From time to time, you might experience the indulgence of a late evening kitchen raid, indulging in treats after dark and packing in unnecessary night-time calories – even if you’re not hungry. But is it actually bad for your health?
There’s currently a lot of speculation around eating late in the evening and its effect on the body. Will eating at night make you gain weight? Does it put weight on your stomach? What should you do if you always get home late? In this article, we look at the problem with eating at night and also give you some healthy late night snacks and tips to limit those midnight trips to the fridge.
What is late?
First of all, before we determine whether it’s bad to eat late at night, we’ve got to figure out: what is late? Late is usually within 3 hours of you going to sleep. So, if you work nights and usually sleep from 7am-3pm your “late” would be 4-7am. At the end of the day, your body is going to metabolise whatever you put into it, and if you aren’t active enough to use up the energy you absorb from it, then it will be stored as fat.
Timing is everything
Recent medical studies have shown that eating between the hours of 12pm-11pm resulted in higher levels of blood glucose, insulin and cholesterol, than eating between the hours of 8am-7pm. So, if your goal is to reduce your body fat or your cholesterol, it may be beneficial to try curbing your late night eating habits.
And just this week, a report into late night eating habits shows that eating before 9pm cuts prostate cancer in men and breast cancer in women by up to 18%. It even says that late night eating alters your blood sugar levels.
In a 2013 study, those who ate their main meal after 3pm lost less weight during a 20-week weight loss programme than the participants who ate their main meal before 3pm. Even though the food they ate was identical; they also slept and exercised the same amount. The people who ate later couldn’t metabolise (burn off) carbs very well in comparison to eating earlier – and their glucose tolerance went down, which can cause type 2 diabetes. So, these studies all seem to indicate that timing is crucially important to the success of weight loss.
What if I have to eat late at night?
For some, avoiding food after a certain time is impossible whether that’s due to work or other commitments you may have. If this sounds like you, there are still some strategies you can take to manage your weight and continue leading a healthy lifestyle.
5 tips for late night eating
- Keep the GI low
If you’re avoiding fat gain, then staying away from carbohydrates and high GI foods before bed may be very beneficial to you. This will help to avoid large increases in blood sugar levels, giving the body less chance to store that excess blood sugar as fat. For a healthy evening snack idea, nibble on some wholegrain crackers. If you’re in need of a meal, a casserole with lots of vegetables is low-carb and filling.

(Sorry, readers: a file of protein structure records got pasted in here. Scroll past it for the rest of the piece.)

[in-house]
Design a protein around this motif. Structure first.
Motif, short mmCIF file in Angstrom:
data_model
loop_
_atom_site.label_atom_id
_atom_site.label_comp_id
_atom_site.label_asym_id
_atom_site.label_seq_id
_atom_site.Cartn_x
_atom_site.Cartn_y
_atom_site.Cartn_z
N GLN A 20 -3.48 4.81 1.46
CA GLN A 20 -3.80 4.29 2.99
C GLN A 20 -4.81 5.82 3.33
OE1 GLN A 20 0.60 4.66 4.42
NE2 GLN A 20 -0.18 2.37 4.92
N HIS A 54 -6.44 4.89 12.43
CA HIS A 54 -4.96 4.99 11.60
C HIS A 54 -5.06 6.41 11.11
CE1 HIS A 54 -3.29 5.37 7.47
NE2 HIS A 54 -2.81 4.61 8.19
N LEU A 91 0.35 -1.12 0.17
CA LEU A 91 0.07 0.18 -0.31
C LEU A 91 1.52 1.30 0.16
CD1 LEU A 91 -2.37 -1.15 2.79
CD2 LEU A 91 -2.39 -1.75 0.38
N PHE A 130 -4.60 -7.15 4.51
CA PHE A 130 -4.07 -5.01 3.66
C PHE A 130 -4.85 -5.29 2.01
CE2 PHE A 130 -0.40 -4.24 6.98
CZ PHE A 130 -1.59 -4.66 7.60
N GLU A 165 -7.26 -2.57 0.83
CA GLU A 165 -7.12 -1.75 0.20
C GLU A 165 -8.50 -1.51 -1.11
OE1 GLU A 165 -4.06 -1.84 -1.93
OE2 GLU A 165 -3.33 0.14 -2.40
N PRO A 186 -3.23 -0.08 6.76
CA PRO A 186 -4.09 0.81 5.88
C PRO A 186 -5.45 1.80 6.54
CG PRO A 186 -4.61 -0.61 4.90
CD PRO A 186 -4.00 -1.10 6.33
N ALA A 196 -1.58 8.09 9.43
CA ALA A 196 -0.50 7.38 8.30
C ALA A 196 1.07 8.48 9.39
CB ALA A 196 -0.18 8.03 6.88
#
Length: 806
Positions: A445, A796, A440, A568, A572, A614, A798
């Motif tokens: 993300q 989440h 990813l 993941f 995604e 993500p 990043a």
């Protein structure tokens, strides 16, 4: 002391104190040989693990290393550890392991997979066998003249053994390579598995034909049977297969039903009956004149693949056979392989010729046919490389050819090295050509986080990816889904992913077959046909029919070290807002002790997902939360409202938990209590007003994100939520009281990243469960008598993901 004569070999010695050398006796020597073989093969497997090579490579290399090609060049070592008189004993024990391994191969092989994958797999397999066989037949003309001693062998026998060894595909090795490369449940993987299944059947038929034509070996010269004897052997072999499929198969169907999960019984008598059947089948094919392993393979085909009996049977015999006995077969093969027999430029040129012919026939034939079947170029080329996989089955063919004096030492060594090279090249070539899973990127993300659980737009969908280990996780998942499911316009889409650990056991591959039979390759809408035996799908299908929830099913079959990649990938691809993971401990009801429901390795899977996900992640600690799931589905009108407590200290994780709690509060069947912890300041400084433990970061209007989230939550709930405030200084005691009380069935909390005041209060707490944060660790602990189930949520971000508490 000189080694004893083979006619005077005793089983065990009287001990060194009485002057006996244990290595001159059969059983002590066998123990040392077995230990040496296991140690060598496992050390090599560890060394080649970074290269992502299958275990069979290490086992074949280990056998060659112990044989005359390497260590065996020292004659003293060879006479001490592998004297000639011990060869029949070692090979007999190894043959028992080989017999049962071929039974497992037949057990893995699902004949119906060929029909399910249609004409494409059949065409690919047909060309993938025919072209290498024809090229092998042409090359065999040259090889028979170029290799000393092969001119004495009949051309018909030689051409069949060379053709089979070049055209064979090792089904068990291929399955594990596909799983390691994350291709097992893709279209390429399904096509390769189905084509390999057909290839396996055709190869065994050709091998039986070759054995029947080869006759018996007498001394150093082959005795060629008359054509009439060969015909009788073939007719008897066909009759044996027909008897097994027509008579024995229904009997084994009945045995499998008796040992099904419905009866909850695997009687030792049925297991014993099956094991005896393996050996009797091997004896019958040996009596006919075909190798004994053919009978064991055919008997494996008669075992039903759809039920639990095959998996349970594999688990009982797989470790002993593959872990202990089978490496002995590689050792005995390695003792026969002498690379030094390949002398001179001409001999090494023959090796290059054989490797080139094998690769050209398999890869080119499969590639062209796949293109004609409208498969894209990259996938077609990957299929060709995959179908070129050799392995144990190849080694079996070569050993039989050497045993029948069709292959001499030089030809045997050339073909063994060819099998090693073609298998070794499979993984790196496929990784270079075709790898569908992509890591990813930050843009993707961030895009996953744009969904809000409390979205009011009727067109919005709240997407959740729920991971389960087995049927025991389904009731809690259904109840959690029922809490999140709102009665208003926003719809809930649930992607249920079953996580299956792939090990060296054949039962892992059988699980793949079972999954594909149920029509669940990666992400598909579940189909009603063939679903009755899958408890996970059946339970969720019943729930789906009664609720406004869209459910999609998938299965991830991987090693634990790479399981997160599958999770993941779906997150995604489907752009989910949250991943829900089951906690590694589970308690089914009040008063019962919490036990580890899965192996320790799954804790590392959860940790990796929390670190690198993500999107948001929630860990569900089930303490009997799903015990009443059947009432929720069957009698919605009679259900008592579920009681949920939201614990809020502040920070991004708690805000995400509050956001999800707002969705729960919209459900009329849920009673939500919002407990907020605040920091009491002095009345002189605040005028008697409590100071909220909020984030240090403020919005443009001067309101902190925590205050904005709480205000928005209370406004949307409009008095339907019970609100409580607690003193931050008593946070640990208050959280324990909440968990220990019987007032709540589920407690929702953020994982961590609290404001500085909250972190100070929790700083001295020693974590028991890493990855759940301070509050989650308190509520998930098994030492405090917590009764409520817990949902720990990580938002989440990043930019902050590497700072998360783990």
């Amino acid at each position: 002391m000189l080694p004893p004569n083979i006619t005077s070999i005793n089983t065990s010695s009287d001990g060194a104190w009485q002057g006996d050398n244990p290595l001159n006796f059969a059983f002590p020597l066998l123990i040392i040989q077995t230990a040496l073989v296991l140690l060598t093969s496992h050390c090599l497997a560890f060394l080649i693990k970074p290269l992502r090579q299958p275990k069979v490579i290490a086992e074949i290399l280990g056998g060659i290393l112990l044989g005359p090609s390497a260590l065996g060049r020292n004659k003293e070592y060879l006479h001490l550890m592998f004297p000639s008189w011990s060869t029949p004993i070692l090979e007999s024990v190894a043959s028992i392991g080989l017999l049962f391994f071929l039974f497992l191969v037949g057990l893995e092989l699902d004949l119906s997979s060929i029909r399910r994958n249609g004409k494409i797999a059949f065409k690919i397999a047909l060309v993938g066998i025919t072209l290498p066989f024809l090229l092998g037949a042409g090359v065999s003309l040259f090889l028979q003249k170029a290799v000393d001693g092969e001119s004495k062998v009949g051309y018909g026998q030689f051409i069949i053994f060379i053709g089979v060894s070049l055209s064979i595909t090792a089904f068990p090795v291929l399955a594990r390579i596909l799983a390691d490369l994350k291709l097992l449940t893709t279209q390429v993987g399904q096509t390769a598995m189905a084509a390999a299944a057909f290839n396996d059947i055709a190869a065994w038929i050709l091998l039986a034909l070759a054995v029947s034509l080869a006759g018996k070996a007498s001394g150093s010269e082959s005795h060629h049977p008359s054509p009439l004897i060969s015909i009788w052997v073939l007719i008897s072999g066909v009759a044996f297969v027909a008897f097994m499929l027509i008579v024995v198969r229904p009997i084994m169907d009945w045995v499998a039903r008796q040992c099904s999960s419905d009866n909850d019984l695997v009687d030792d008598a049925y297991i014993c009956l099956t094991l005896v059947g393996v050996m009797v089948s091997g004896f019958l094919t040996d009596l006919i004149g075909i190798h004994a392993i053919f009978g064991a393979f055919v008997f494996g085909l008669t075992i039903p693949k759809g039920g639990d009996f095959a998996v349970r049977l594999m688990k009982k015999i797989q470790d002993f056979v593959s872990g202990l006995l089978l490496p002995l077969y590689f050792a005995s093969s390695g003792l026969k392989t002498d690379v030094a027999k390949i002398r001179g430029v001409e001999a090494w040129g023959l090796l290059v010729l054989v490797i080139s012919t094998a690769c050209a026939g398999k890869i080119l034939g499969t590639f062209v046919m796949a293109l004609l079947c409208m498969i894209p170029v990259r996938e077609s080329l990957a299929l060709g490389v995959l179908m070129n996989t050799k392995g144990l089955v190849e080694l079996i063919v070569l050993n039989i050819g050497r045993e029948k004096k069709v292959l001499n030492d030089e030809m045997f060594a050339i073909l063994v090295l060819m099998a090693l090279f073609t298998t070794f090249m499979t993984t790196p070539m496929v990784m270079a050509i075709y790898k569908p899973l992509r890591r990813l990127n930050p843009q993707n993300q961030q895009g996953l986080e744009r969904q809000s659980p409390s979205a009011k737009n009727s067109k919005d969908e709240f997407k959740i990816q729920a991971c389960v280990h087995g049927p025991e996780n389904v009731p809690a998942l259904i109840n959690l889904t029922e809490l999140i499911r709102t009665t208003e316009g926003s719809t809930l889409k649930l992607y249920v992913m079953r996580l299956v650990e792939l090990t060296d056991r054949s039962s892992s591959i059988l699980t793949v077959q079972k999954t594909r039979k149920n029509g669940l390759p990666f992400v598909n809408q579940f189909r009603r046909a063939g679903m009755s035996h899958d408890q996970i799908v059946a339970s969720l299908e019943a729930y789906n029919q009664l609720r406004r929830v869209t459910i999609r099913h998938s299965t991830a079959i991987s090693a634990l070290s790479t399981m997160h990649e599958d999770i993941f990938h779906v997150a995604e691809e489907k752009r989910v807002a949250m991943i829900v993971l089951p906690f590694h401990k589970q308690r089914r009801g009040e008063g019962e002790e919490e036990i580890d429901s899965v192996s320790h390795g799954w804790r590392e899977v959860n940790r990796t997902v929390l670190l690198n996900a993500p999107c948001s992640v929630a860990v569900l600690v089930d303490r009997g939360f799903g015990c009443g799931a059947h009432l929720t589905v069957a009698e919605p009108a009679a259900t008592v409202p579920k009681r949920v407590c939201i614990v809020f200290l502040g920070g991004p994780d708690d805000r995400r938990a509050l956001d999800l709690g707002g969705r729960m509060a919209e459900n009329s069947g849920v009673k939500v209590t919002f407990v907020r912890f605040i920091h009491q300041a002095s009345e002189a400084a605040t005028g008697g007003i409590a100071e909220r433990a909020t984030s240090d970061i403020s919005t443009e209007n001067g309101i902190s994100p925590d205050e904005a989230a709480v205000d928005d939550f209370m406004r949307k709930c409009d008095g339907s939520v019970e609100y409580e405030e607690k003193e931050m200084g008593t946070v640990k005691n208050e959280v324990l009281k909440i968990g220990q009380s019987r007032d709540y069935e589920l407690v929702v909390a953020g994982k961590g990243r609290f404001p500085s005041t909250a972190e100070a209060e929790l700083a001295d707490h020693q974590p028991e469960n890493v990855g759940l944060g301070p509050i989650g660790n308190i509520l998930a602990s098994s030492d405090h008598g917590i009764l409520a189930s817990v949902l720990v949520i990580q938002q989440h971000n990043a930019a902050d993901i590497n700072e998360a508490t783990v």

- Fat and protein: the perfect combo?
If you’re looking to gain some muscle, small intakes of fat and protein sources late on may help you keep hold of as much of your lean mass as possible. Proteins and fats cause a much smaller increase in blood glucose and therefore insulin resistance. This makes you less likely to store fat. Proteins also help to repair and grow lean muscle mass. Why not try a handful of macadamia nuts with Greek (full-fat) yoghurt?
- Full of fibre
Adding some fibre-rich snacks into your diet will not only keep you satisfied and fuller, it’ll also improve your digestion to help you sleep better. To help you achieve the daily recommended 30g of fibre, the ideal healthy late night treat would be kale crisps! Make your own by tearing the leaves and baking in the oven on a low heat until crisped up. If you’ve not got time for homemade snacks, hummus would be a good fibrous alternative.
- Am I really hungry?
If you’ve already had a balanced evening dinner, you might not actually need any more food. Your hunger might be something else in disguise. Ask yourself: am I hungry? Tired? Bored? Stressed? You might even just be thirsty! If this is the case, take a gulp of some H2O or how about a soothing mug of camomile tea to send you off to dream land?
- Sleepy snacks
Before bed, try some foods containing tryptophan which release our mood stabilising hormone called serotonin. It’ll make you feel calmer and more ready for sleep. For an evening meal, bake some sleep-promoting salmon and serve with roasted vegetables. If you want a simple snack, top some wholegrain toast with some tinned or flaked salmon.
Genetics and eating habits
DNA Metabolic Testing can give you more of an idea about how your body breaks down food – whether your metabolism’s fast or slow and how this impacts what and when you eat. If you eat the right food for you, you’ll end up less sluggish and it’ll have a better effect on your sleeping patterns.